Sisa Namandje, a legal practitioner and author of ‘The Law on Privacy and the Rationality Standard in Namibia’, emphasised his opinion that once a cellphone is in the hands of members of the police, they must, in view of the constitutional provisions of Article 13, seek a warrant before accessing private data on people’s cellphones.
Writing something defamatory about someone on Twitter or Facebook is classified as defamation or libel under common law. Essentially, the dignity and privacy of all people in the republic are constitutionally enshrined and protected rights. Additionally, the sharing of recordings of obscene, indecent, and pornographic material in graphic and explicit videos, as defined by The Communication Act, 2009 (Act No. 8 of 2009), Section 11, provides for punishable miscellaneous transgressions by means of telecommunication devices and by knowingly sharing images or films that are obscene, lewd, or indecent, with the intent to annoy, abuse, threaten, or harass another person. This covers all social media platforms and electronic communication.
Nowadays, in every corner of Namibia where there is a discussion on legal-related matters, you can bet your last dollar there is a discussion on same-sex marriage as well. This has been highlighted by the Digashu case, where the Supreme Court ruled it was a violation of the constitutional rights to equality and dignity to recognise opposite-sex, but not same-sex, marriages for immigration purposes. The Supreme Court ruling on same-sex marriages only applies to foreign spouses married to Namibian citizens abroad in terms of valid foreign legislation. On the contrary, the ruling does not infringe on the Constitution.
So why the outcry? Well, Swapo leader Jerry Ekandjo introduced a “private members bill” aimed at undercutting the decision that forced the government to accept gay couple marriages conducted in a foreign country as legal. Keep in mind that at the turn of this century, Ekandjo, using his position as home affairs minister, led parliament to pass a stock theft law that forced courts to send livestock thieves to jail for a minimum of 20 to 30 years—more than with rapists or murderers. The urgency to change the law followed reports that goats, sheep, and cattle were stolen from Ekandjo’s farm.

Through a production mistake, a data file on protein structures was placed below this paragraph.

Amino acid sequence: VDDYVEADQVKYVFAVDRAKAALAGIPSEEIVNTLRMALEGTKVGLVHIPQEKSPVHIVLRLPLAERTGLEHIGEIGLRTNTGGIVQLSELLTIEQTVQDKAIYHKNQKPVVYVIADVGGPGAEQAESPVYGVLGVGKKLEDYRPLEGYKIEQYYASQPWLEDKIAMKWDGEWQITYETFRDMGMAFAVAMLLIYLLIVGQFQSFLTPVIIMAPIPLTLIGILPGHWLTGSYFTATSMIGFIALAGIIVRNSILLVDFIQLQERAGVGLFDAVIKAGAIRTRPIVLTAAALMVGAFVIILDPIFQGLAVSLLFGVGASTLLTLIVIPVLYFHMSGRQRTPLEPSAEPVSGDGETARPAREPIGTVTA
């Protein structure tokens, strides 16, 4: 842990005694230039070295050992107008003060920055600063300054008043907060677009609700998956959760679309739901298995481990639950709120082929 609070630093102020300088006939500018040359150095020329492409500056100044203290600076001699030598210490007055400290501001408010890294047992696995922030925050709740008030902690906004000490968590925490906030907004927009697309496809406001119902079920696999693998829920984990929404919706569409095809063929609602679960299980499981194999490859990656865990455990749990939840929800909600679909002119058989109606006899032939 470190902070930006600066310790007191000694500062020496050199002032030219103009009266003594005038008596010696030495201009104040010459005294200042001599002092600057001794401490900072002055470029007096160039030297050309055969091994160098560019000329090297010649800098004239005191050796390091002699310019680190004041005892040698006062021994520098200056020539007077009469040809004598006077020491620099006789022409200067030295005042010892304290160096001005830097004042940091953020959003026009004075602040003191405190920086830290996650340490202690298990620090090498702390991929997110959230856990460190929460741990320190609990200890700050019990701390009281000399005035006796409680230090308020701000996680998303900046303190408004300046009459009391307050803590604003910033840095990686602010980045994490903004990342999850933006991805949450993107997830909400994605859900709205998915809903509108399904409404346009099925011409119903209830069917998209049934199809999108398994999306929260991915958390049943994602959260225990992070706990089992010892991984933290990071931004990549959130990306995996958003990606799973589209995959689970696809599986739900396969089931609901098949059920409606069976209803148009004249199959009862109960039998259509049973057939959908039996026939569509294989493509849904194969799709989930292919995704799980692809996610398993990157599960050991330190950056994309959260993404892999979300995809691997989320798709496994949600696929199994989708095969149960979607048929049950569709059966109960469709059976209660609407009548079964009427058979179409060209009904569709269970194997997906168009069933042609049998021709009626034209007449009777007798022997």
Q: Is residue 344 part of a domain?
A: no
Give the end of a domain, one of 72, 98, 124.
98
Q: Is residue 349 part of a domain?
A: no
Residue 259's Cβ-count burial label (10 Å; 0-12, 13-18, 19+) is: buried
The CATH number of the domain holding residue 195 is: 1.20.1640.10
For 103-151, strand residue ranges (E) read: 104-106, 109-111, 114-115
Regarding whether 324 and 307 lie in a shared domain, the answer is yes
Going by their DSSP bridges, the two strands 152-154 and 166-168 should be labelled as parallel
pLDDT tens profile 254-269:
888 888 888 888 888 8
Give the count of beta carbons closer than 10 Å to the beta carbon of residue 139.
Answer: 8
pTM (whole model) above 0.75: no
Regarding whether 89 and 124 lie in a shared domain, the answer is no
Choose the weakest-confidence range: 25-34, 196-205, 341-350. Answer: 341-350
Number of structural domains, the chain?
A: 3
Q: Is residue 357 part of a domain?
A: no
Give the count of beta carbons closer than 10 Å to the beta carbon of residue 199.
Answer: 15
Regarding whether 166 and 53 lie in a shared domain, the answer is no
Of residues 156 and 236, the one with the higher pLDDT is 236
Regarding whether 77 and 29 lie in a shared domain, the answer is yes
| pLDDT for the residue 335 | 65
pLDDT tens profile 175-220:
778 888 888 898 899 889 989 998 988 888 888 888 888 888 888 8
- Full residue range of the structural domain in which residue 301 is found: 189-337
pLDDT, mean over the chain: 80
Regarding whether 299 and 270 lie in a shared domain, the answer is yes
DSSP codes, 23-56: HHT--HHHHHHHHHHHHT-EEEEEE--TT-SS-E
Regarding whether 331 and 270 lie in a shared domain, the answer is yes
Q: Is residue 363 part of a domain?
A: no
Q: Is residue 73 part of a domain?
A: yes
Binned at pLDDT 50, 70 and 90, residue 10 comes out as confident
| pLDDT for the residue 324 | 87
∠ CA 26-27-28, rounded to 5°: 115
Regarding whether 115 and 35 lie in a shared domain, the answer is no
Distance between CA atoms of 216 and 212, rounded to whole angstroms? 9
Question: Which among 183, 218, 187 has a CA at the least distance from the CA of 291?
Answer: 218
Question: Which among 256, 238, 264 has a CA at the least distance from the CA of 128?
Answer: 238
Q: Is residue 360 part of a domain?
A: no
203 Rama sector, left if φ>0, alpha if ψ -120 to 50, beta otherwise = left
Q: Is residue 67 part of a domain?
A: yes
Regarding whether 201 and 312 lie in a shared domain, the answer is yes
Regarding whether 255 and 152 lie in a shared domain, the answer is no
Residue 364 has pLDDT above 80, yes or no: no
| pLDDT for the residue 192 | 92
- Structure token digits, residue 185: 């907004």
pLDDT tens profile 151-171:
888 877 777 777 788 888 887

Swapo’s marriage policy appears oblivious to the fact that the concept of family has evolved over time. It is equally important to stress that the fundamental rights provided by Article 22, which provides that no law should be aimed at a particular individual or group for it to qualify as a justifiable and reasonable limitation, cannot be bartered away.
According to Dianne Hubbard, who has been the coordinator of the Gender Research and Advocacy Project at the Legal Assistance Centre for 30 years and now works as a legal consultant, if the proposed bills are passed, they will almost certainly end up back in the Supreme Court when they are challenged on constitutional grounds, and the provisions that seek to contradict the Supreme Court ruling in the Digashu case will almost certainly be struck down.
Ruling parties come and go (except in Namibia, thus far), but the Constitution is a set of values that is supposed to persist for all time. The rights in the Constitution ought to be interpreted expansively and not restrictively, as suggested by certain political parties, politicians, churches, moralists, and others.
Namibia, with its diverse population, is home to many minority groups that enjoy the protection of our Constitution. It is particularly important for the protection of minority rights and for enabling individuals to assert their rights against the government.
There you have it! So, if you had the power to pass a law, what would it be and why? As for me, I’ll ‘Ban Selfies with Food’ because it’s not like the food tastes better if you take a picture with it. And I also don’t want to scroll online and get hungry all the time.